Last night, a discussion of Mary Magdelene reminded me of a poem about her by Jane Kenyon. You can find the text of “Woman, Why Are You Weeping?” here, but be warned: if this is a cheery day for you and you’d like to keep it that way, read no further.
The poem opens with a familiar scene: Mary Magdelene weeping at the grave of Jesus. That which she loved is gone, forcibly taken from her, and Mary is left, weeping and alone.
And so is our author Jane after a trip to India.
Part of this feeling is foreignness, the all-encompassing unfamiliarity of traveling abroad. The ancient break at Babel revealed itself and frightened her with a Spanish-speaking dog, an animal guided into its understanding purely by the surroundings in which it happened to be born. The disorientation extends to God, who now seems to be little more than the subjectivity of Jane’s surroundings and upbringing. And yet, I want to ask her if the dog sits – not in the English sense, but in the true sense, where it drops its trembling haunches onto the ground and beams up in pride with a barely-contained ecstasy for the reward that once in a great while follows obedience. Does it sit, despite the fact that we do not understand?
But in Jane’s loss, there is more at work than unfamiliarity. It is the unanswered, undisguised suffering that shocks Jane. My God, it shocks me, too. The world should rip itself apart at the sight of an infant floating by the side of my boat, and yet it does not. The universe should tip over with the weight of injustice of a man who has only a raffia mat while I have a different pair of shoes for every day of the week, but it does not. Everyone, clothed in sackcloth and ashes, should wail at the long, unbroken chain of human loss; the suffering of Jane Kenyon with her barely whispered illness should stop everything. And somehow we remain calm.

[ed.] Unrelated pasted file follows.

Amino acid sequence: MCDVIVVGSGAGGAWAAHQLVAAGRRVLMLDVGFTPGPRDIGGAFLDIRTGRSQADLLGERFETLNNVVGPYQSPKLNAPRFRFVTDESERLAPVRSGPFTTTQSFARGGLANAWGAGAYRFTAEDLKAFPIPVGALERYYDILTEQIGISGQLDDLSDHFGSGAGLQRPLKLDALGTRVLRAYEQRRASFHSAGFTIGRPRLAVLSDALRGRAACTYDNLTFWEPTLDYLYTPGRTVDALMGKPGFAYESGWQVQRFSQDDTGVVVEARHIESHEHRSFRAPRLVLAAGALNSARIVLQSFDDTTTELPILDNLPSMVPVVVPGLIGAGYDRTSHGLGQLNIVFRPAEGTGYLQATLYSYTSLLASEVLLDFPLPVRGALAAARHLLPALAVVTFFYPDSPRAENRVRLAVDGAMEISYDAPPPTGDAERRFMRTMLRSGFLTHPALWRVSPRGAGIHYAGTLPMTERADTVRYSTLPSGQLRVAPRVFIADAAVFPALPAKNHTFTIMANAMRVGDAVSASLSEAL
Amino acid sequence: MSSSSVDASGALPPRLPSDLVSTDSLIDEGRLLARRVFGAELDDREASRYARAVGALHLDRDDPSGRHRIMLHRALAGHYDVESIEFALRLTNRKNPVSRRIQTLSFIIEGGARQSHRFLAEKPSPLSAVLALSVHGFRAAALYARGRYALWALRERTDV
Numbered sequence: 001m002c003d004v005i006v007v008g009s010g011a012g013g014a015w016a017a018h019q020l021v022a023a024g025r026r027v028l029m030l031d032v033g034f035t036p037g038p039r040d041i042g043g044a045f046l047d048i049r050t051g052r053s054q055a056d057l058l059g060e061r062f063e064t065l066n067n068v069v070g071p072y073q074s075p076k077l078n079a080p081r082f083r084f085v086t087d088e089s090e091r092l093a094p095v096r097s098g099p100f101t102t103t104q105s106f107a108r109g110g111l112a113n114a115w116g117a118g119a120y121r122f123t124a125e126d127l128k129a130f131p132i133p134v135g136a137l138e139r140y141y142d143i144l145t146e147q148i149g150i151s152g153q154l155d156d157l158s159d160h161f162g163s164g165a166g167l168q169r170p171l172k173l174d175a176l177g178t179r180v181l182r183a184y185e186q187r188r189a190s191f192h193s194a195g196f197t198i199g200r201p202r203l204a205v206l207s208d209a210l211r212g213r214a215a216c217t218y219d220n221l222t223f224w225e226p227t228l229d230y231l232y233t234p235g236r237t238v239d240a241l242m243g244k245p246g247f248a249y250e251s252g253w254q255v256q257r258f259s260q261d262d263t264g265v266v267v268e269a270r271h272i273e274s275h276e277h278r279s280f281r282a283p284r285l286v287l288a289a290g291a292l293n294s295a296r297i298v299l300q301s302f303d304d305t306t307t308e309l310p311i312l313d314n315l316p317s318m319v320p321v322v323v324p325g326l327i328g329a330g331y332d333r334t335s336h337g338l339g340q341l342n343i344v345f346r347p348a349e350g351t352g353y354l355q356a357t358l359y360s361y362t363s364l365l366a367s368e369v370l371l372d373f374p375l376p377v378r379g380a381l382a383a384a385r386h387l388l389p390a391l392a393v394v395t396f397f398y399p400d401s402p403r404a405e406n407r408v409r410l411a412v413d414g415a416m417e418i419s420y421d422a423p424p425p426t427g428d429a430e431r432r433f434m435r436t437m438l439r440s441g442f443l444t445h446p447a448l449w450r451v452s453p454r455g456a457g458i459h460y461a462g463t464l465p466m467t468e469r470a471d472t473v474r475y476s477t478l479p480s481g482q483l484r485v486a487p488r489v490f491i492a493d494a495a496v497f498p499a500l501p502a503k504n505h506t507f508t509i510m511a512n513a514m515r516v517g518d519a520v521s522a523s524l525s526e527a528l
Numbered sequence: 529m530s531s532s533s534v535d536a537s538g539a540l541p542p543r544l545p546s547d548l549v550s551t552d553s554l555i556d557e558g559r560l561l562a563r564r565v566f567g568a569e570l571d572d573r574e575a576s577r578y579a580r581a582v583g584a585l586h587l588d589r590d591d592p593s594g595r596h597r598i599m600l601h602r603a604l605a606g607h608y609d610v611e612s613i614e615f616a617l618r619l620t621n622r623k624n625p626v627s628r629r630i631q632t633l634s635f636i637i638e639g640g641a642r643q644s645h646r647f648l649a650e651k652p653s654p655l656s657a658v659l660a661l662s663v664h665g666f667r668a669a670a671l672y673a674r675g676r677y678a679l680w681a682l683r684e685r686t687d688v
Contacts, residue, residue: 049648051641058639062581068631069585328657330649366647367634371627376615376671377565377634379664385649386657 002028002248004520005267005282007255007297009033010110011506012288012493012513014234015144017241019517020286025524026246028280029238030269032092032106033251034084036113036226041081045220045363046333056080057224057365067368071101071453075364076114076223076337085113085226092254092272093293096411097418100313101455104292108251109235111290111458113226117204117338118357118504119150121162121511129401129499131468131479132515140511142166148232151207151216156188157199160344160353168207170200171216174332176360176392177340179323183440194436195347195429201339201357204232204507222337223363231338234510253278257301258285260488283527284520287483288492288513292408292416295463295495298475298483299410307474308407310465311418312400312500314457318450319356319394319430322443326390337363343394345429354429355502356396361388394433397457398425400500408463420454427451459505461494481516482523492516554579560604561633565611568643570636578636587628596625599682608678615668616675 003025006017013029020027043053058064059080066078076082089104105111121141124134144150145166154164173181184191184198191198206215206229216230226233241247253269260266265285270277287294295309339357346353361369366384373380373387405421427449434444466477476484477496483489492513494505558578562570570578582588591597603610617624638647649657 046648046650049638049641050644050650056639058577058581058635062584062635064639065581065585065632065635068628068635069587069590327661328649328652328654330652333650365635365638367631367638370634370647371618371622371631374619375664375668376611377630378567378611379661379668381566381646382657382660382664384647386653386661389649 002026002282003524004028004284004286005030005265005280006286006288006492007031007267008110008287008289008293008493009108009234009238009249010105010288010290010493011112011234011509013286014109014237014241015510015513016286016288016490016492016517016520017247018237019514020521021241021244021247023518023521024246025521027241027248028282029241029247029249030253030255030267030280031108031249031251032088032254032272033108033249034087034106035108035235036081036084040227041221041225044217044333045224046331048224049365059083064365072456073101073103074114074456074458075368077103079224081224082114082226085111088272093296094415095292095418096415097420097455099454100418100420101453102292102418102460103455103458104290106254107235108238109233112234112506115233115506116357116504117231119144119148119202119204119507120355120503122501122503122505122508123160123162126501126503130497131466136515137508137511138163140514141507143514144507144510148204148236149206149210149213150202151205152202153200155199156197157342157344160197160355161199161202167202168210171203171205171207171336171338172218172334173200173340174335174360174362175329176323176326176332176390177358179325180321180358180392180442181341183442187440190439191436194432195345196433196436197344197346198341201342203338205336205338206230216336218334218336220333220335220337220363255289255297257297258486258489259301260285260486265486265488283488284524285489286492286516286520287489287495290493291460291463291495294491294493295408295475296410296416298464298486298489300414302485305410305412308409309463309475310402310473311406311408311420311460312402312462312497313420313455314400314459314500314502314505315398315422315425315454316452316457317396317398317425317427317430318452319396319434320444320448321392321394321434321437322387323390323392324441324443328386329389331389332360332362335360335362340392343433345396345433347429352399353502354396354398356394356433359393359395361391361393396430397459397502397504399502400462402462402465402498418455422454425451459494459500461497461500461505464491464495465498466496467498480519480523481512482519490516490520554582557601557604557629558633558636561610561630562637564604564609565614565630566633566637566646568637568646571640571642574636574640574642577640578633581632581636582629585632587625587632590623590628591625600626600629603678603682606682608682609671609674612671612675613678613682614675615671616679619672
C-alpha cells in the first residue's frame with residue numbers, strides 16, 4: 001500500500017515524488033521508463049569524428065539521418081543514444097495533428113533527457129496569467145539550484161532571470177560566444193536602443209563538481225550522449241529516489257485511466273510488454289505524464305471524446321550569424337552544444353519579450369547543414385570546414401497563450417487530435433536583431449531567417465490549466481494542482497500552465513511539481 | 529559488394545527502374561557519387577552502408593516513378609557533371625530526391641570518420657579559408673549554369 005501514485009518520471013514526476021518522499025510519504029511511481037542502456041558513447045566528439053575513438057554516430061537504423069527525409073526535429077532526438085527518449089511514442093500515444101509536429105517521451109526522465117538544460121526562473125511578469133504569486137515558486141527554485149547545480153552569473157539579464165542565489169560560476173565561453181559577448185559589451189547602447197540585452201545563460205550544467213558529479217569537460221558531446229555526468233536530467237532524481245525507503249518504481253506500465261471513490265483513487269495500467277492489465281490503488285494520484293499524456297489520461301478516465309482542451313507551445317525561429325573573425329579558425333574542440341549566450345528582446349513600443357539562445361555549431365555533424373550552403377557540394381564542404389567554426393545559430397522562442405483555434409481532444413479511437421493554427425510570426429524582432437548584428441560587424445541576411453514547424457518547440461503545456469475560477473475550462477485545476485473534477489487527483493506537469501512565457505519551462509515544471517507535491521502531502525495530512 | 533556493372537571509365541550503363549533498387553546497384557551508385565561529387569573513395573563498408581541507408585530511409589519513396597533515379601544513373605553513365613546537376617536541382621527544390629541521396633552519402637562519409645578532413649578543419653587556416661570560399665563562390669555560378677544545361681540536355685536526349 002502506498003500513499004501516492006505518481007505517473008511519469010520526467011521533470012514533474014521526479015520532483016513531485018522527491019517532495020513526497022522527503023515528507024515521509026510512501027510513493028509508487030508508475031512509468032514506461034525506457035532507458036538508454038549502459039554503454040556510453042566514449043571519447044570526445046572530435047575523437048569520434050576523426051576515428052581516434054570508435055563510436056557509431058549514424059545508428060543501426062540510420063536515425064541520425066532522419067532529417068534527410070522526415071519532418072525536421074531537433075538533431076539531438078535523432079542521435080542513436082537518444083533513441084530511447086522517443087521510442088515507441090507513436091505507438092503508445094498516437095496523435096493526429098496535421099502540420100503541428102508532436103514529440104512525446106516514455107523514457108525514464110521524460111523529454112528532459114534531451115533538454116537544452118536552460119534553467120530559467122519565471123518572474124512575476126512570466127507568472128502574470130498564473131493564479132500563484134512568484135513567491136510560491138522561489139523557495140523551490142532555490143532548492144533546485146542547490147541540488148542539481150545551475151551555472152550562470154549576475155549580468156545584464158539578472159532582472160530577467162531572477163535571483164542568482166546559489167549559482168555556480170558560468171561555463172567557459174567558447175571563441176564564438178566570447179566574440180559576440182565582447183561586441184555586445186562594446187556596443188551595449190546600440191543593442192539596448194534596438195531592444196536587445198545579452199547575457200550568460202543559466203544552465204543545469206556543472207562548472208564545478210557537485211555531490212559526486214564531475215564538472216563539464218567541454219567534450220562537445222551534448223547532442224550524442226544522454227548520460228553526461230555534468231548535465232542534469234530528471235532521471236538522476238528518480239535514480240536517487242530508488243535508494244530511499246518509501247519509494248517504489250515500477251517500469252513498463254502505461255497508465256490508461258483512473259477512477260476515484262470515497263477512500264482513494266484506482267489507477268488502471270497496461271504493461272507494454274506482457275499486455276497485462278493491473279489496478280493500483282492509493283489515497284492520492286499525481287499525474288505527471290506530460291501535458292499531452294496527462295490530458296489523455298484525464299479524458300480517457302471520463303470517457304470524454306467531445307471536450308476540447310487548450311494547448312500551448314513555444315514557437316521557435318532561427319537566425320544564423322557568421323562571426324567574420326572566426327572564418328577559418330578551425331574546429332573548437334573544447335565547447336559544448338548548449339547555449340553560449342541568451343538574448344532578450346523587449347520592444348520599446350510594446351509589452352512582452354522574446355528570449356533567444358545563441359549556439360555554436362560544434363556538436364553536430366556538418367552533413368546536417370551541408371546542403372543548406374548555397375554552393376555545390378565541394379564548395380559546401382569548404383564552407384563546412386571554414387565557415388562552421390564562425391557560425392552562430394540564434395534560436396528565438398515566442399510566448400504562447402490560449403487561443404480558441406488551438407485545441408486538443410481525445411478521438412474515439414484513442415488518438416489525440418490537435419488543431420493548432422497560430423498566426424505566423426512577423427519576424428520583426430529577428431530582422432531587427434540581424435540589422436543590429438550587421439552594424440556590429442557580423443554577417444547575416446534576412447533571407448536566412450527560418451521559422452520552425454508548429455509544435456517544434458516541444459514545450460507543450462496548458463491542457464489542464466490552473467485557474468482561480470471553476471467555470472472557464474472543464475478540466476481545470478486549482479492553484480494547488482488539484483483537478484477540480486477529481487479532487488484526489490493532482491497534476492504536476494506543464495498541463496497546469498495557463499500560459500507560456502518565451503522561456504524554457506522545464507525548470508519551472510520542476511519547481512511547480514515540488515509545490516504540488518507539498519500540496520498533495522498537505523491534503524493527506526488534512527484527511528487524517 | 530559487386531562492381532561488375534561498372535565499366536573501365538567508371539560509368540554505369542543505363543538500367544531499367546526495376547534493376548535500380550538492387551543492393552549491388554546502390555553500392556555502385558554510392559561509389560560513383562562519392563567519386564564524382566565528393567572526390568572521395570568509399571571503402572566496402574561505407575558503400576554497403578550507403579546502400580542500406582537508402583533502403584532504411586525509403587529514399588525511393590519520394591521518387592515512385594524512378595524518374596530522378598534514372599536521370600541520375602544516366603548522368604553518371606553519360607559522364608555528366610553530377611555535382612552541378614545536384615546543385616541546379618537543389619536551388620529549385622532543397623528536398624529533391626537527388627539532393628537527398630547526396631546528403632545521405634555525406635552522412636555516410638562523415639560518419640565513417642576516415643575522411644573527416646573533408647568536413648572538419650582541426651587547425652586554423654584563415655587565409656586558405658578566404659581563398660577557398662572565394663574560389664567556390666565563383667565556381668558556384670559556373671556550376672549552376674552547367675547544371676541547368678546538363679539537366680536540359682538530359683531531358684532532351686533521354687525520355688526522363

It is an awful truth that the distance between God and humanity shrinks in times of great grief and loss. I am not sure whether it is the blinding power of the unapproachable God that touches our lives in new and often painful ways during these times, or whether we have been shocked out of our ordered lives, left floundering for substance and so surrender to the great waters of the waiting mystery. It could be both. The chasms of death, of poverty, of separation, remind us that all is not right in the world. The houses of cards we have constructed to reconcile our comfortable American lives with the calling of a poor Jewish prophet collapse with just one puff of that terrible Breath.
CS Lewis tackled the problem of pain in a book aptly titled The Problem of Pain, but it was purely head-work. Theodicies are as relevant as geometry proofs when the phone rings on those evenings. Later, Lewis wrote A Grief Observed from his own grief, his own heart, and said, “Images of the Holy easily become holy images – sacrosanct. My idea of God is not a divine idea. It has to be shattered time after time. He shatters it himself. He is the great iconoclast. All reality is iconoclast.” A God that is our luggage on the train, a perfume that enhances our lives, our own possession, cannot last. My image of God that I hold in my own sun-soaked pew is not divine. God “is not this, is not that.”
“What shall we do about this?” Jane asks her God. Her only answer is scorching wind, lapping of water, pull of the black oarsmen on the oars, before trailing off into uncertainty. Dostoevsky never gave Ivan an answer either in the scene from the Grand Inquisitor. There can be no answer to the suffering of one single innocent.
I looked her up, this Jane Kenyon, wondering if she was able to hold on to the faith. A red-faced Google hemmed and hawed before ashamedly admitting that it didn’t really know. Maybe Jane didn’t really know. But I was asking the wrong question: what should be asked is what sort of faith is being held onto. For me, I am frightened that I trust in my able body and mind, my warm bed, a well-lit home. I am frightened to learn of what I am actually holding on to, and more frightened to experience the shattering that He does Himself. For her part, Jane said she still believed in the deep truths. There are the miracles of goodness, of mercy, of the fact that there is everything, anything, rather than nothing. The Spanish-speaking dog, in fact, still sits.
The poem begins with the words of John, with Mary Magdelene, with the two figures in white who come to the mourning woman and who know very well why she is weeping. All has been lost. Jane and you and me know how the story will end for Mary Magdelene: her Lord will come again. But this will not be a recovery, not for Mary, not for Jane – for if He comes, He will be changed. He will be unrecognizable.